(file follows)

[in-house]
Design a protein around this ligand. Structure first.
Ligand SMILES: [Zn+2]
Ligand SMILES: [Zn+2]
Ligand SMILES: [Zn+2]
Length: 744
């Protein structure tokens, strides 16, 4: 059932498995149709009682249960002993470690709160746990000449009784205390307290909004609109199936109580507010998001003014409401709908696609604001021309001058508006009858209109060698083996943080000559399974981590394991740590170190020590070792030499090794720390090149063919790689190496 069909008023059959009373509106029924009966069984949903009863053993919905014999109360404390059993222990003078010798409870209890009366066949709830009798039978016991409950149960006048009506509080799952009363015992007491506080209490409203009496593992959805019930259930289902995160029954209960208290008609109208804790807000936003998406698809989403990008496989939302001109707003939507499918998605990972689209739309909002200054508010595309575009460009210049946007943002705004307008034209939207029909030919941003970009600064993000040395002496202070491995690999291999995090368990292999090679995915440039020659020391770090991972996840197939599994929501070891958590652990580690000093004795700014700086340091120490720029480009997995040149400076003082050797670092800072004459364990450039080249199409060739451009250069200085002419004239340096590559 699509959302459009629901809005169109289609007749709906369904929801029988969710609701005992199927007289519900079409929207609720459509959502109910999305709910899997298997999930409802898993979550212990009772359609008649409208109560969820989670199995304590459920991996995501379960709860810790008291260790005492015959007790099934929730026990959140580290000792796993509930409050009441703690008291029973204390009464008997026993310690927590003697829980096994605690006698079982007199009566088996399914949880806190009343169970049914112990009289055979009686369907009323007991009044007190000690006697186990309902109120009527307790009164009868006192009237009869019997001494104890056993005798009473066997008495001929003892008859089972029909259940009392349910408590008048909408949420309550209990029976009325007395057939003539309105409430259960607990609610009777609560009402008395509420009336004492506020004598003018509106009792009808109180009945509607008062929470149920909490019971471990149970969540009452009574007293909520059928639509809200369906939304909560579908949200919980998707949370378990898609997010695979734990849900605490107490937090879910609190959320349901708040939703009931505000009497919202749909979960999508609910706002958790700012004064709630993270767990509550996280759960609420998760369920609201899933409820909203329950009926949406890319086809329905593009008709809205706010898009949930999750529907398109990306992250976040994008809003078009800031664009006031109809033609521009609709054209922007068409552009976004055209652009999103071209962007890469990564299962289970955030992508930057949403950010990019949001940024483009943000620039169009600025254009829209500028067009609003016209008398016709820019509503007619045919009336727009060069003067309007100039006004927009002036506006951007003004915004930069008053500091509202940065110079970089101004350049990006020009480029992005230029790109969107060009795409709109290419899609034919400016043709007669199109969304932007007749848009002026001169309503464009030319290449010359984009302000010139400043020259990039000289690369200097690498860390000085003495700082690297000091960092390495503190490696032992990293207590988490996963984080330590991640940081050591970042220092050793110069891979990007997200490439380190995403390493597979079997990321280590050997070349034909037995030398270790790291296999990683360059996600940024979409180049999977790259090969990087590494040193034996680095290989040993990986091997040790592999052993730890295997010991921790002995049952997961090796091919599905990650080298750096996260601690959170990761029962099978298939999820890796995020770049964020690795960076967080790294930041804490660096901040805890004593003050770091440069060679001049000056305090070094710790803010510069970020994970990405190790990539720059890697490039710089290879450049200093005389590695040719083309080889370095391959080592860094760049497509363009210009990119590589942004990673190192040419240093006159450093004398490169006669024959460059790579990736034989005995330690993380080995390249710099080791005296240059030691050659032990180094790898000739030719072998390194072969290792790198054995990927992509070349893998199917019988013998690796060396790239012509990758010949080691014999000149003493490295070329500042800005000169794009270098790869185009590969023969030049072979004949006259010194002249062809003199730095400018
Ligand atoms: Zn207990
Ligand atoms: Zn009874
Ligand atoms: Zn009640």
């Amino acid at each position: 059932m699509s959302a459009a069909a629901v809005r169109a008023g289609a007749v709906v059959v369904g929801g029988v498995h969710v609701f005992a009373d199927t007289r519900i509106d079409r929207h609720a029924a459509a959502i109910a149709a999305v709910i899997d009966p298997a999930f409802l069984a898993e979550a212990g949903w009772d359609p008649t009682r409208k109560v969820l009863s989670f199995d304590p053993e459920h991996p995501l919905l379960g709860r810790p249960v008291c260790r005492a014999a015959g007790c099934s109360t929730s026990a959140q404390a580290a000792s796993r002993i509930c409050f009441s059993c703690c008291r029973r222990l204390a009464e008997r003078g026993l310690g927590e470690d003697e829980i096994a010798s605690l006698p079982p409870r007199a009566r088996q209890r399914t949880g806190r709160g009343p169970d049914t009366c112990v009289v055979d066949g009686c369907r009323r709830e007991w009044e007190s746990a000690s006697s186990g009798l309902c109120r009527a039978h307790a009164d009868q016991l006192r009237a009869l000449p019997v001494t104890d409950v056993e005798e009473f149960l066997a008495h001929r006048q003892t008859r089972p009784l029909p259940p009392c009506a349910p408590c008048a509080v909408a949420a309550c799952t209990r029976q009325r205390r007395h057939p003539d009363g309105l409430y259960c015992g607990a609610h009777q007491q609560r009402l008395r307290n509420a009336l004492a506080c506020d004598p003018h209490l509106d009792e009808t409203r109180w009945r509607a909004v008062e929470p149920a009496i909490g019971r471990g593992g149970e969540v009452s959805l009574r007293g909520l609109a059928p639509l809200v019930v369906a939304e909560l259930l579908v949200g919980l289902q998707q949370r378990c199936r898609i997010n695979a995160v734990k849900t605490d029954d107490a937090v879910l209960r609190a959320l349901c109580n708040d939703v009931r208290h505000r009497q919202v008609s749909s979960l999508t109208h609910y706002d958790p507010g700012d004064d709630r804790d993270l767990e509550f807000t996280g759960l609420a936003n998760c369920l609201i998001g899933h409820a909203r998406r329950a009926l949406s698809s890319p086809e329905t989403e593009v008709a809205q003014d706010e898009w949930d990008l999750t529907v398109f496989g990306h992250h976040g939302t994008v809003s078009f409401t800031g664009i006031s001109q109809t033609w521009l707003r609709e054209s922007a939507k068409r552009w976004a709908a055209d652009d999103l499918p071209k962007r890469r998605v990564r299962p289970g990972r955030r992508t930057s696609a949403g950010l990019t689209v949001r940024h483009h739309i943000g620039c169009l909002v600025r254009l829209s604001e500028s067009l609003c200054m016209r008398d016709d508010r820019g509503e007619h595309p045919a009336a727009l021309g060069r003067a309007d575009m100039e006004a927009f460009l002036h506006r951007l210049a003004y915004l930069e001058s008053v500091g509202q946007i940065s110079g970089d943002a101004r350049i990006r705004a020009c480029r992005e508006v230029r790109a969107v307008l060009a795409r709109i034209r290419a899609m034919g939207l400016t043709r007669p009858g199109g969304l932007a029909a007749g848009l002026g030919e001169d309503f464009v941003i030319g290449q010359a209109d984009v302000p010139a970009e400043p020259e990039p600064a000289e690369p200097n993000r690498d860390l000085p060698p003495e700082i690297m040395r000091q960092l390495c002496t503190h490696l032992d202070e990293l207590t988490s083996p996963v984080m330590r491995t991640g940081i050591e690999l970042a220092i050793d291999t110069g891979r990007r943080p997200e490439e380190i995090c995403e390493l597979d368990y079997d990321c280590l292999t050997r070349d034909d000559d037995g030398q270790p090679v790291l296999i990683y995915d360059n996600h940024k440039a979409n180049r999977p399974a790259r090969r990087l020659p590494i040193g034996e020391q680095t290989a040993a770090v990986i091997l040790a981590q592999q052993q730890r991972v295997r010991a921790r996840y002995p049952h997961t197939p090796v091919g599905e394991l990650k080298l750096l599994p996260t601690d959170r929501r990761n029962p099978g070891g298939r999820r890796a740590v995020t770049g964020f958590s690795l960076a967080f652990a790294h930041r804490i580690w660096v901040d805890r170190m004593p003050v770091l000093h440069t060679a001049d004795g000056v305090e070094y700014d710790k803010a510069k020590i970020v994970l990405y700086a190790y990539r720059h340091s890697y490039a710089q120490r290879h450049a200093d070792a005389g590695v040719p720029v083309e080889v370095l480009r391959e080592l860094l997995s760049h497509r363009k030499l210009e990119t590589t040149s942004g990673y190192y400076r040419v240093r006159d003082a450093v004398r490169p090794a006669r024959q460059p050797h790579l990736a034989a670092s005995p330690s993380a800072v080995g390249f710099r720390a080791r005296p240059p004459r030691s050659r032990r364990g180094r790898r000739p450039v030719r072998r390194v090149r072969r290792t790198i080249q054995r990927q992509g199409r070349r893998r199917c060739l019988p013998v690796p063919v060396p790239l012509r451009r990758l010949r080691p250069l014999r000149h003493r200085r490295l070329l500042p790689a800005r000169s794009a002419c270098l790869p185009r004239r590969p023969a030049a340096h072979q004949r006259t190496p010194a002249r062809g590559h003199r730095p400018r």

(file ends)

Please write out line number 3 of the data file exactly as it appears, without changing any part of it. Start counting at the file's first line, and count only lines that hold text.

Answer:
Ligand SMILES: [Zn+2]